Building a pot of soup around two guaranteed crowd-pleasers—tortellini and pesto—makes this an excellent way for home cooks to get kids (and adults) to eat their veggies.
It starts with a brothy brew in which you cook vegetables and tortellini just until tender. Ladle it into bowls and top with a dollop of fresh pesto, which brightens the flavor as soon as it hits the hot liquid.
Soup With Fresh or Frozen Tortellini
The best part is this recipe is endlessly flexible. You can use fresh tortellini, which is available in the refrigerated section of the market where pasta sauces are sold, or frozen. Virtually any flavor variety will do, from cheese to spinach to mushroom.
If you can’t find tortellini, feel free to use fresh ravioli instead. Be sure to read the instructions, since the cooking time may differ.
Pesto Is a Flavor Bomb
This soup gets its oomph from the herb pesto, which gets stirred in at the last second. You can make your own pesto, using this classic basil recipe, this minty version, or our flavorful kale pesto.
The upside of homemade pesto is that the flavors are particularly bright and herbaceous when spooned straight from the food processor. Plus, the recipes all make more than you’ll need, so you can store leftovers in the fridge or freezer for another day.
Alternatively, give yourself a break and pick up store-bought pesto instead (there’s no shame in short cuts for the home cook!).
Swaps, Suggestions, and Substitutions
Like so many soups, this one lends itself to lots of substitutions and variations. Here are a few ideas:
- Add cooked Italian white beans or chickpeas for added fiber, protein, and heft.
- Play around with the vegetables. Add a handful of leafy greens at the very end, use a large sliced leek in place of the onion, or add a cup of halved cherry tomatoes.
- If you happen to have homemade chicken stock or store-bought chicken broth on hand, by all means, use it instead of vegetable broth.
- Got a parmesan rind in your fridge? Add it when you pour in the broth. It will season the soup nicely as it simmers. Remove the rind just before serving.
- Most pesto has cheese in it, but this walnut pesto version is dairy-free. So if you’re vegan or just want to avoid dairy use the walnut pesto.
How To Store and Freeze This Soup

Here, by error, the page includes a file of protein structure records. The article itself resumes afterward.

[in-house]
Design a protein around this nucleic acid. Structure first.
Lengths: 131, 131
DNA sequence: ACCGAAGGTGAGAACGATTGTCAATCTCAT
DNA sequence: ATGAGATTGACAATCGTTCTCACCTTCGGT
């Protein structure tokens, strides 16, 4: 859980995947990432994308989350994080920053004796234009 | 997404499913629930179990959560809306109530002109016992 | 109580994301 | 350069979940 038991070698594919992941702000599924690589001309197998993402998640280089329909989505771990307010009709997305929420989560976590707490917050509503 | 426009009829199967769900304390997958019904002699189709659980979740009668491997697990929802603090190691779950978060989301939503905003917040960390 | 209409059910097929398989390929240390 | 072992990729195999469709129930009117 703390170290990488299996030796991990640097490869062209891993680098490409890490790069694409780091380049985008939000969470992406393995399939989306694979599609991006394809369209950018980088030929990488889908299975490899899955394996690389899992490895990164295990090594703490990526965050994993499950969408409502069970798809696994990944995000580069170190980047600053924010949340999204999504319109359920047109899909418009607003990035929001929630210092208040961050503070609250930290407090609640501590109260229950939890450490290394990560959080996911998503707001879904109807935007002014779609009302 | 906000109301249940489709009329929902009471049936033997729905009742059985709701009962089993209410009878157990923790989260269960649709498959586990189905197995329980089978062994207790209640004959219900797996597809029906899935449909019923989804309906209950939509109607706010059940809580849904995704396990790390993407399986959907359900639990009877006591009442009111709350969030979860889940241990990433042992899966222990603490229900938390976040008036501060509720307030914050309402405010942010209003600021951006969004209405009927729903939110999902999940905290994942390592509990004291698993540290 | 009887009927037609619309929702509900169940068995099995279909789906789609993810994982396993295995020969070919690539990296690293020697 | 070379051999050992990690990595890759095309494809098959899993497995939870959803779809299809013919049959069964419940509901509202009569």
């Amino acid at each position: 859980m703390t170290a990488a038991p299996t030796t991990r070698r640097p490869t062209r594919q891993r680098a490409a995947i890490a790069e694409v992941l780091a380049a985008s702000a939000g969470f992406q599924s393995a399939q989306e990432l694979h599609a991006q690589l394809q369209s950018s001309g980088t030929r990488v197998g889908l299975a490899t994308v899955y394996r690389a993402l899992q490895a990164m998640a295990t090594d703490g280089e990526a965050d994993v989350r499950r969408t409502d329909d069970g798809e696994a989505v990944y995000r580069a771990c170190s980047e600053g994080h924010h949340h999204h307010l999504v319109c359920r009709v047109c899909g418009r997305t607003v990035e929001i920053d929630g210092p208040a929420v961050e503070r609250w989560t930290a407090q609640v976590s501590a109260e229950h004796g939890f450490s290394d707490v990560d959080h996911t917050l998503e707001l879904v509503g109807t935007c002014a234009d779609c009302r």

Store leftover soup in a covered container in the fridge, where it will keep for a couple of days. The tortellini will soften and absorb more liquid as it sits, so you may want to add more broth the next day.
If you’re making this soup to freeze, I recommend you under-cook the tortellini a bit. It will continue to cook as you cool and reheat the soup. To freeze, let the soup cool, then transfer it to a covered container. Defrost it on the counter for up to two hours or in the fridge overnight.
More Easy Spring Soup Recipes
Spring Vegetable Tortellini Soup with Pesto
This recipe has two back-pocket ingredients that make quick work of dinner: store-bought tortellini and pesto. You’ll find tortellini in the refrigerated or freezer section of the supermarket.
You can either pick up a tub of herb pesto at the market or make your own if time permits. Either way, this soup comes together pretty quickly once you’ve got your vegetables chopped.
1 tablespoon extra virgin olive oil
1 medium onion, chopped
2 cloves garlic, chopped
1 cup sliced carrots
6 cups low-sodium vegetable stock
8 ounces fresh or frozen tortellini, any variety
1 cup snap peas, cut into thirds
1/2 cup fresh or frozen English peas
1 cup 3/4-inch pieces asparagus, woody ends removed
2 tablespoons fresh lemon juice
1 to 2 teaspoons kosher salt
Freshly cracked black pepper
1/3 cup herb pesto, either store-bought or homemade
Sauté the onions and garlic:
Heat the olive oil in a medium pot over medium heat. Add the onion and garlic and sauté until tender, being sure not to brown them, about 5 minutes.
Build the soup:
Add the carrots and stock and turn the heat to high. When the stock boils, add the tortellini, snap peas, English peas, and asparagus. Continue to boil until the tortellini is just barely al dente. The time will vary depending on the brand, so read the package instructions.
Season the soup:
Add the lemon juice, several cracks of black pepper, and 1 to 2 teaspoons salt, as needed (some stock is saltier than others, so adjust according to taste).
Ladle the soup into bowls and top with a spoonful of pesto. Serve immediately.
|Nutrition Facts (per serving)|
|Servings: 4 to 6|
|Amount per serving|
|% Daily Value*|
|Total Fat 12g||16%|
|Saturated Fat 3g||15%|
|Total Carbohydrate 32g||12%|
|Dietary Fiber 4g||16%|
|Total Sugars 6g|
|Vitamin C 25mg||124%|
|*The % Daily Value (DV) tells you how much a nutrient in a food serving contributes to a daily diet. 2,000 calories a day is used for general nutrition advice.|